RWDSU v. Dolphin Delivery Ltd.

RWDSU v. Dolphin Delivery Ltd.

case-name=RWDSU v. Dolphin Delivery Ltd.
heard-date=December 6 and 7, 1984
decided-date=December 18, 1986
citations= [1986] 2 S.C.R. 573
chief-justice=Dickson C.J.
puisne-justice=Beetz, Estey, McIntyre, Chouinard, Wilson and Le Dain JJ.
full-case-name=Retail, Wholesale and Department Store Union, Local 580, Al Peterson and Donna Alexander v. Dolphin Delivery Ltd.
Majority=McIntyre J.
JoinMajority=Dickson C.J. and Estey, Chouinard and Le Dain JJ.
Concurrence=Wilson J.
ratio=The Charter applies to all codified law but common law only when it is the basis of government action.
history=judgment for defendant (British Columbia Court of Appeal)|

"RWDSU v. Dolphin Delivery Ltd.", [1986] 2 S.C.R. 573, is the seminal Canadian Charter of Rights and Freedoms decision that states that the Charter applies to governmental action, and to the common law except where matters are solely between private parties. Nevertheless, judges should interpret the common law in the light of the Charter.


The Retail, Wholesale and Department Store Union applied to the court to have Dolphin Delivery and Supercourier declared allies of Purolator, an employer of union members. This would have allowed the union to picket Dolphin while its employees would not have to cross the picket line.

The BC Labour Board declined to hear an application since the dispute was governed under the Canada Labour Code, as "Purolator" was an interprovincial company.

Dolphin obtained an injunction against secondary picketing on their premises on the basis that the common law does not permit secondary picketing.

The action was brought by the union on the basis that their rights to freedom of expression (section 2(b)) and freedom of association (section 2(d)) under the Charter were violated.

Reasoning of the Court

McIntyre, writing for the court, looked at section 52(1) of the Constitution Act, 1982, which stated that any law inconsistent with the Charter is of no force or effect. The court stated that this should be interpreted broadly and thus must include both statute law and common law. However, this interpretation needed to be reconciled with section 32 which states that the Charter should apply only to Parliament and legislatures. The Court gave preference to section 32 and stated that the Charter will apply only to common law where the government is involved.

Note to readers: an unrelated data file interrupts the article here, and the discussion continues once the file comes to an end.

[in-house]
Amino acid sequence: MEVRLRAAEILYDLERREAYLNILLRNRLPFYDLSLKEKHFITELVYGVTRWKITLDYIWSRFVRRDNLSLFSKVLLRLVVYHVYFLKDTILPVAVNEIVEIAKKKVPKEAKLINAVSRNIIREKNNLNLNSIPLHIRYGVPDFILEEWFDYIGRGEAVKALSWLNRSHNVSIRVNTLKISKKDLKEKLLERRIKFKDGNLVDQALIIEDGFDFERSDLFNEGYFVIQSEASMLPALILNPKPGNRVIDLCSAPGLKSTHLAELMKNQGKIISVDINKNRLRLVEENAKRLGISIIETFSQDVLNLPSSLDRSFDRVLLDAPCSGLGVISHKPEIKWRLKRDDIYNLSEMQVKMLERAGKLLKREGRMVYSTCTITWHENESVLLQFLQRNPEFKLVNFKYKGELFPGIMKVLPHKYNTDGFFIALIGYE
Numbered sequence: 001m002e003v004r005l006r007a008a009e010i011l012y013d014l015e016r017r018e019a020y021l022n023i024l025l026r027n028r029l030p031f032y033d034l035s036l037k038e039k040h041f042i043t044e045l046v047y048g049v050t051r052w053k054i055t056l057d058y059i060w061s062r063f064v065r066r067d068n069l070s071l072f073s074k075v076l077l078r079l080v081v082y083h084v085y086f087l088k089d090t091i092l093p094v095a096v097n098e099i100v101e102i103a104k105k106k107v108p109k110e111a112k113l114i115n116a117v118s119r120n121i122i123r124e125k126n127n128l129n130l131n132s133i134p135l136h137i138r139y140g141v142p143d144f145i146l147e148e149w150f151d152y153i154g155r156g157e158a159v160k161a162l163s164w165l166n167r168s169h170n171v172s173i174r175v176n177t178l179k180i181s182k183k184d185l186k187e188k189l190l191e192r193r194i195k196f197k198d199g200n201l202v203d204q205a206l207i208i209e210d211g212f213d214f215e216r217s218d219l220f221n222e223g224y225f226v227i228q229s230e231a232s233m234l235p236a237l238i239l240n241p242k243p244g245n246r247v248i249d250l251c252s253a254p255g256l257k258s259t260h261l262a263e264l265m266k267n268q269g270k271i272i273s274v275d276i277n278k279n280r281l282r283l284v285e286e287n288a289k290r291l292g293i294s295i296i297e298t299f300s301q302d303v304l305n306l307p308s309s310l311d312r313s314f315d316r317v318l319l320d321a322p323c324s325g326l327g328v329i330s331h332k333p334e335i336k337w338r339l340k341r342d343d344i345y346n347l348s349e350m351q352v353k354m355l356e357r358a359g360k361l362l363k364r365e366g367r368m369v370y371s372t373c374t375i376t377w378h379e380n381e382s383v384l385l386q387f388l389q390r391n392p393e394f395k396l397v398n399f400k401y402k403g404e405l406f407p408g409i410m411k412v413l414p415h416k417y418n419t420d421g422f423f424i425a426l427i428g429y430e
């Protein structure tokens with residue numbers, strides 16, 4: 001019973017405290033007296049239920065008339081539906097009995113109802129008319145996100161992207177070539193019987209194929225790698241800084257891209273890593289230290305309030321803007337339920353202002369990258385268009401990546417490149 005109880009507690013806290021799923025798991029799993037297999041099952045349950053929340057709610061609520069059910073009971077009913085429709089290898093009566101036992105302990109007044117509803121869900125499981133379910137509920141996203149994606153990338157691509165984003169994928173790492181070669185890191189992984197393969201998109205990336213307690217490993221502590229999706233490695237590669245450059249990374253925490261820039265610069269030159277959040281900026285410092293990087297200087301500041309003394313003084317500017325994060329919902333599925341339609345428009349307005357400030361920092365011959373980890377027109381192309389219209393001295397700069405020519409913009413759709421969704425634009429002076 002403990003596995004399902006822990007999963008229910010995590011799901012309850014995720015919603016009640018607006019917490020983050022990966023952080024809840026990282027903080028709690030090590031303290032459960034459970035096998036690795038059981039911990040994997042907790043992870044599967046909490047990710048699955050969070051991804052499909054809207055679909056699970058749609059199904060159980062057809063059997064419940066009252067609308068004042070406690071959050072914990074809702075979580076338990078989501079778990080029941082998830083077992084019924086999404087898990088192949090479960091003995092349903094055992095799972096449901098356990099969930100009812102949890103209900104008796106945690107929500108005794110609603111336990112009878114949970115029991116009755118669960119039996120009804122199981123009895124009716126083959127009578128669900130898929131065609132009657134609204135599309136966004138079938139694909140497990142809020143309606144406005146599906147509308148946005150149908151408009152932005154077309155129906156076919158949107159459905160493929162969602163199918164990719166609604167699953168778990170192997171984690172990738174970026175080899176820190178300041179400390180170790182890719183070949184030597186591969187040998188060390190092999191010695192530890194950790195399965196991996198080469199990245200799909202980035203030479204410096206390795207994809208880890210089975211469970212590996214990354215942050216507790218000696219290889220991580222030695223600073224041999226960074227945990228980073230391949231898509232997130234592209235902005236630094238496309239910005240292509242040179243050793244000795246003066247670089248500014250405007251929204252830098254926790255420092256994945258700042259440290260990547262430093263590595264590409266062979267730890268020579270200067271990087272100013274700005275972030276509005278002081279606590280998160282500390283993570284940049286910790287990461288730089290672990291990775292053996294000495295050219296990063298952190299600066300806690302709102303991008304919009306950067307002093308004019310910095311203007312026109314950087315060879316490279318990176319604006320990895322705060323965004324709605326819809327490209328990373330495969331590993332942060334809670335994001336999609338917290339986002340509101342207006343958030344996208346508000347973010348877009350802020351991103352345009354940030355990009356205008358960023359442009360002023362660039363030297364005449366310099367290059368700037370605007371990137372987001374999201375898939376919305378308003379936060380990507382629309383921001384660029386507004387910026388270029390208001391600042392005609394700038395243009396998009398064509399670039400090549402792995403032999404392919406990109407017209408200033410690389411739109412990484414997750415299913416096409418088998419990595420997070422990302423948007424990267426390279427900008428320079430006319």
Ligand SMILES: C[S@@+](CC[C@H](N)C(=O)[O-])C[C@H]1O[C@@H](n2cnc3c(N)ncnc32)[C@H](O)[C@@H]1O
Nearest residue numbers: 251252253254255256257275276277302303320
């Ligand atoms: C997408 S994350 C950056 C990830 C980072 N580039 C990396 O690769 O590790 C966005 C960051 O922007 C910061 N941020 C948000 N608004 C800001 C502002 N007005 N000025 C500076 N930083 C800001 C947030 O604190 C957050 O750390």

The issue of whether the courts were included within the meaning of government was considered. The Court found that orders from the court did not constitute government action, rather the courts must be the neutral arbiters and cannot be included without unduly widening the scope of the Charter. The legislative, executive, and administrative branches, however, fall within the purview of government.

The final judgement of the court succinctly stated by McIntyre J.(at paras. 1 & 2):

:"1 The Charter does not directly apply to the common law unless it is the basis of some governmental action. ":"2 Even though the Charter does not directly apply to the common law absent government action, the common law must nonetheless be developed in accordance with Charter values.""

To the same effect, see Hill v. Church of Scientology of Toronto, (1995) 2 S.C.R. 1130, R. v. Salituro, (1991) 3 S.C.R. 654, Dagenais v. Canadian Broadcasting Corp., (1994) 3 S.C.R. 835, and R. v. Park, (1995) 2 S.C.R. 836, per L'Heureux-Dubé J.


Much of the principles from this case remain today, with the exception of the opinion that court orders were exempted from Charter scrutiny. "R. v. Rahey", [1987] 1 S.C.R. 58 reversed this and held that all courts are subject to Charter.

External links


Wikimedia Foundation. 2010.

Игры ⚽ Поможем написать курсовую

Look at other dictionaries:

  • Hill v. Church of Scientology of Toronto — SCCInfoBox case name=Hill v. Church of Scientology of Toronto heard date=February 20, 1995 decided date=July 20, 1995 citations= [1995] 2 S.C.R. 1130 docket=24216 chief justice=not present puisne justices= La Forest, L Heureux Dubé, Gonthier,… …   Wikipedia

  • History of the Supreme Court of Canada — The history of the Supreme Court of Canada can be divided into three eras. Initially, from the court s inception in 1875 to 1949, it remained largely reserved and conservative.Its decisions could be appealed Judicial Committee of the British… …   Wikipedia

  • Canadian Charter of Rights and Freedoms — Canada This article is part of the series: Politics and government of Canada   …   Wikipedia

  • 1986 in Canada — See also: 1985 in Canada, other events of 1986, 1987 in Canada and the list of years in Canada . Incumbents* Monarch Queen Elizabeth II * Governor General Jeanne Sauvé * Prime Minister Brian Mulroney * Premier of Alberta Don Getty * Premier of… …   Wikipedia

  • Section Thirty-two of the Canadian Charter of Rights and Freedoms — concerns the application and scope of the Charter. Only claims based on the type of law contemplated by this section can be brought before the Court. Section 32(1) describes the basis on which all rights can be enforced. Section 32(2) was added… …   Wikipedia

Share the article and excerpts

Direct link
Do a right-click on the link above
and select “Copy Link”